Sorry for any imposition in my line of inquiry; I’m just trying to figure out how everything works in the most efficient way possible.
I’d like to pass on to interested individuals the best way to reach out to the Park Service on the topic of the historical flag interpretive display:
Is directing correspondence concerning interpretive displays at National Park units to state representatives in Congress the most efficient way to ensure that such correspondence is delivered to all appropriate parties at the national, regional, and specific Park Service unit levels of Park Service administration?
If not, I’m wondering if you could inform me of whom within the Park Service at national and regional levels above specific park units would be most appropriate to direct correspondence to concerning interpretive displays of Confederate flags at National Park units?
Good Afternoon Brent,
Glad to hear my writing comes across as polite.
It’s likely apparent that I’m interested in the transparency of the decision making process influencing historical flag display at Fort Sumter.
My previous experience interacting with the Park Service concerning policy changes includes supplying commentary on a power line proposal impacting the Appalachian National Scenic Trail.
There was an opportunity for the public to submit comments online at: <http://parkplanning.nps.gov/publicHome.cfm>.
The comment period was open July 9 to September 14, 2010.
Public comment summaries are archived online at <https://parkplanning.nps.gov/document.cfm?parkID=220&projectID=25147&documentID=37279>.
I’m uncertain if it escaped your attention that I made a point to ask if the NPS was soliciting public comments on the forthcoming regional/national decision concerning the flag as displayed at Fort Sumter.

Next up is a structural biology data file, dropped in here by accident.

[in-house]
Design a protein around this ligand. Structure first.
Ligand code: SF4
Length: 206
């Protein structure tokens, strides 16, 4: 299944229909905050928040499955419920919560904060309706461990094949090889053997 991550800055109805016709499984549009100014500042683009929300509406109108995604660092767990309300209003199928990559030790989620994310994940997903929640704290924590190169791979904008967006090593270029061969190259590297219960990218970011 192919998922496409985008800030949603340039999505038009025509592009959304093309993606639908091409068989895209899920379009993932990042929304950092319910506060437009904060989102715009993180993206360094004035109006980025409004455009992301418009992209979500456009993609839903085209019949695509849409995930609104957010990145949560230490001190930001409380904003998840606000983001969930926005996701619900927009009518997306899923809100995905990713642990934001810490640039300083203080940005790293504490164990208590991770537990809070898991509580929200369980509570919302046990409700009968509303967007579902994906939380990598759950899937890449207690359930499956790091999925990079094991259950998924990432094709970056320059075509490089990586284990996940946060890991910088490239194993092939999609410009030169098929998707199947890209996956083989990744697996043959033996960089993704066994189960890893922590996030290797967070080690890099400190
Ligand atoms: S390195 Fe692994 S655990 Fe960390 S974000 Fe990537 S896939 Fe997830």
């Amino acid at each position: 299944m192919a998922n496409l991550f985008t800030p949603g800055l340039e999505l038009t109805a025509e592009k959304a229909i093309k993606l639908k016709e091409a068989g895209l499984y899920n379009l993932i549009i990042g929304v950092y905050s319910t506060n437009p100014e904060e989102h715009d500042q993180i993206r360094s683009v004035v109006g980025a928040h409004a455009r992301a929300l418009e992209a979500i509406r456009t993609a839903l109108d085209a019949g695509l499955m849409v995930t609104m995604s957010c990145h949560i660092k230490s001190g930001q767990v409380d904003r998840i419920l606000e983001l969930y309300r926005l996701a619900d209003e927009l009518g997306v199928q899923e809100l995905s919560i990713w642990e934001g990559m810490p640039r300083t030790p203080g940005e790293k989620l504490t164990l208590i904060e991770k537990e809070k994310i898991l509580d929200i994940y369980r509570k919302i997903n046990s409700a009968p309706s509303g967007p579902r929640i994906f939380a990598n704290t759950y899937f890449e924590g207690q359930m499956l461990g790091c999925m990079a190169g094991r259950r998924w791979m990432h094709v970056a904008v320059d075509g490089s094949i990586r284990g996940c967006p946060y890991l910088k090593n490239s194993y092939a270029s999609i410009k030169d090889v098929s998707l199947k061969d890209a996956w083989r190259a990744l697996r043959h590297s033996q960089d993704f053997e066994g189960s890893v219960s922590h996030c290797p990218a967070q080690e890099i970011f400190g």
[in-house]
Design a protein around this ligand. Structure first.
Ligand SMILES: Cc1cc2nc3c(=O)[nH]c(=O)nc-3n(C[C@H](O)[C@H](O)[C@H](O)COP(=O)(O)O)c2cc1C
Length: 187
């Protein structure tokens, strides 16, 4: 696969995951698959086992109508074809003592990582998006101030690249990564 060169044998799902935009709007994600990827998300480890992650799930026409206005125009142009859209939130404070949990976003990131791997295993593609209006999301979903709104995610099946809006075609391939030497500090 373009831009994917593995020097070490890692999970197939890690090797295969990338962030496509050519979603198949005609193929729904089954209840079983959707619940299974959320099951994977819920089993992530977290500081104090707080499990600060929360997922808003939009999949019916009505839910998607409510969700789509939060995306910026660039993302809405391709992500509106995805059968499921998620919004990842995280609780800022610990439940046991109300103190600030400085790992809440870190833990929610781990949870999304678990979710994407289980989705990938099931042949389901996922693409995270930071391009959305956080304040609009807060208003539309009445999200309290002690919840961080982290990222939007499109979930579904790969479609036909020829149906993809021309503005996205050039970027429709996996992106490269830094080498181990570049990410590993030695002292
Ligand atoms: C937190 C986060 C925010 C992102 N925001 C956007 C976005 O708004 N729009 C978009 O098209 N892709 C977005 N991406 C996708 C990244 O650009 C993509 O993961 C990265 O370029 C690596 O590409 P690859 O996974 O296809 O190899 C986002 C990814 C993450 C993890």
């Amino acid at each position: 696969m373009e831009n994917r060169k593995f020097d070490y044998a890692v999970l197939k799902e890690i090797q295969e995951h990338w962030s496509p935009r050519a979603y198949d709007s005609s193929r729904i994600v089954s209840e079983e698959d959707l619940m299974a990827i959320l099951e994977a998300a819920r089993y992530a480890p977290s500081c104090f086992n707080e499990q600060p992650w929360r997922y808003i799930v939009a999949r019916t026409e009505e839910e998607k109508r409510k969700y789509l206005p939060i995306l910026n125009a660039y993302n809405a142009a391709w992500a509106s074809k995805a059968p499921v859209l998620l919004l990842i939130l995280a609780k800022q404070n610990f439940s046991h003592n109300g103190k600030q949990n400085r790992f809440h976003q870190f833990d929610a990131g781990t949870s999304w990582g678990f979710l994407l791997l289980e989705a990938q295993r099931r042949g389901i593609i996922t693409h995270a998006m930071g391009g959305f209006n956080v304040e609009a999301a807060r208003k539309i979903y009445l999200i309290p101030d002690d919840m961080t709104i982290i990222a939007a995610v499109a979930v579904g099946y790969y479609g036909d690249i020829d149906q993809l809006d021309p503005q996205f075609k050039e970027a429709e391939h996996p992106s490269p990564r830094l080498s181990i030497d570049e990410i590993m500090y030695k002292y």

Your response seems to suggest that the NPS is not actively soliciting public comments on a regional/national policy discussion that might affect the historical flag display at Fort Sumter.
As a fan of U.S. Civil War heritage sites, I’m interested in the broader implications of a regional and national policy review conducted in the apparent absence of an effort to solicit input from stakeholders.
From the NPS Website, I have the physical mailing addresses for Regional and National NPS directors.
If you happen to have electronic contact information for these offices, I would appreciate your forwarding that on to me so that I can run my inquiry into the regional and national policy discussion "up the flagpole," so to speak.
I think my inquiry might have been misunderstood.
I also think the information provided here conflicts with that provided on the DHS website:
"The Department of Homeland Security distributes grant funds to enhance the ability of regional authorities to prepare, prevent and respond to terrorist attacks and other disasters. Localities use grants for planning, equipment, training and exercise needs."
I’m interested in learning of any potential funds available specifically related to protecting critical infrastructure related to electric power distribution, such as step-down substations.
I believe this activity would fall within "cybersecurity."
I am curious if there are funds available for "homeland defense" activities centered on hardening electrical power distribution sites.
For example, the Urban Area Security Initiative (UASI), State Homeland Security, and Buffer Zone Protection grant programs.
This document, Fiscal Year 2010 Buffer Zone Protection Program Guidance and Application Kit, suggests funds are (or were) available for:
• High profile hotels
• High occupancy stadiums and arenas
• Large retail facilities
• Office buildings exceeding 850 feet
• Highest consequence chemical facilities
• High consequence liquefied natural gas facilities and oil refineries
• Centers for Disease Control Tier 2 stockpile repositories
• Biohazard Safety Level-3 facilities
• High risk international and suspension bridges
• Critical water/wastewater systems
The 2010 document suggests applications for DHS grants are available at grants.gov.
However, I have not found more recent information on the Buffer Zone Protection program and thought that HDIAC might be a good place to start my inquiry into the current state of federal programs supporting protection of electric power distribution infrastructure.